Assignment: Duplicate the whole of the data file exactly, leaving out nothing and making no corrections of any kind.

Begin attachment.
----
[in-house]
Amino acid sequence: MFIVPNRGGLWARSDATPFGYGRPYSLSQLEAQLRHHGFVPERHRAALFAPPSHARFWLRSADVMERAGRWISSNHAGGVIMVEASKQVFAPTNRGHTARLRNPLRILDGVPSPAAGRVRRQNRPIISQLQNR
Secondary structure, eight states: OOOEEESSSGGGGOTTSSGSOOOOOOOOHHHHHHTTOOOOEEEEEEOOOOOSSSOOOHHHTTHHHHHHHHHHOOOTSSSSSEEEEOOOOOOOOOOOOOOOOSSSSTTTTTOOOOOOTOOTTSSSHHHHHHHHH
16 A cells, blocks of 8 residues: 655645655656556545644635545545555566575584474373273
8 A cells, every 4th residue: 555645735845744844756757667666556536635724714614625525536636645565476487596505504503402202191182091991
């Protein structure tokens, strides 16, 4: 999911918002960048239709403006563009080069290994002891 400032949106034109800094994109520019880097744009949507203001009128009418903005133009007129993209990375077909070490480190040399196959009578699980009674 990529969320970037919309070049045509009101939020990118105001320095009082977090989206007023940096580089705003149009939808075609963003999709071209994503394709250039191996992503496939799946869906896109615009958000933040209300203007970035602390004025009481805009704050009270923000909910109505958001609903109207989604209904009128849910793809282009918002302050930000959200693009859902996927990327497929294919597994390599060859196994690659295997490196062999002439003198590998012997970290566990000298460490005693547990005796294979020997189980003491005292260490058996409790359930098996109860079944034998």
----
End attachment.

[in-house]
Amino acid sequence: MFIVPNRGGLWARSDATPFGYGRPYSLSQLEAQLRHHGFVPERHRAALFAPPSHARFWLRSADVMERAGRWISSNHAGGVIMVEASKQVFAPTNRGHTARLRNPLRILDGVPSPAAGRVRRQNRPIISQLQNR
Secondary structure, eight states: OOOEEESSSGGGGOTTSSGSOOOOOOOOHHHHHHTTOOOOEEEEEEOOOOOSSSOOOHHHTTHHHHHHHHHHOOOTSSSSSEEEEOOOOOOOOOOOOOOOOSSSSTTTTTOOOOOOTOOTTSSSHHHHHHHHH
16 A cells, blocks of 8 residues: 655645655656556545644635545545555566575584474373273
8 A cells, every 4th residue: 555645735845744844756757667666556536635724714614625525536636645565476487596505504503402202191182091991
């Protein structure tokens, strides 16, 4: 999911918002960048239709403006563009080069290994002891 400032949106034109800094994109520019880097744009949507203001009128009418903005133009007129993209990375077909070490480190040399196959009578699980009674 990529969320970037919309070049045509009101939020990118105001320095009082977090989206007023940096580089705003149009939808075609963003999709071209994503394709250039191996992503496939799946869906896109615009958000933040209300203007970035602390004025009481805009704050009270923000909910109505958001609903109207989604209904009128849910793809282009918002302050930000959200693009859902996927990327497929294919597994390599060859196994690659295997490196062999002439003198590998012997970290566990000298460490005693547990005796294979020997189980003491005292260490058996409790359930098996109860079944034998």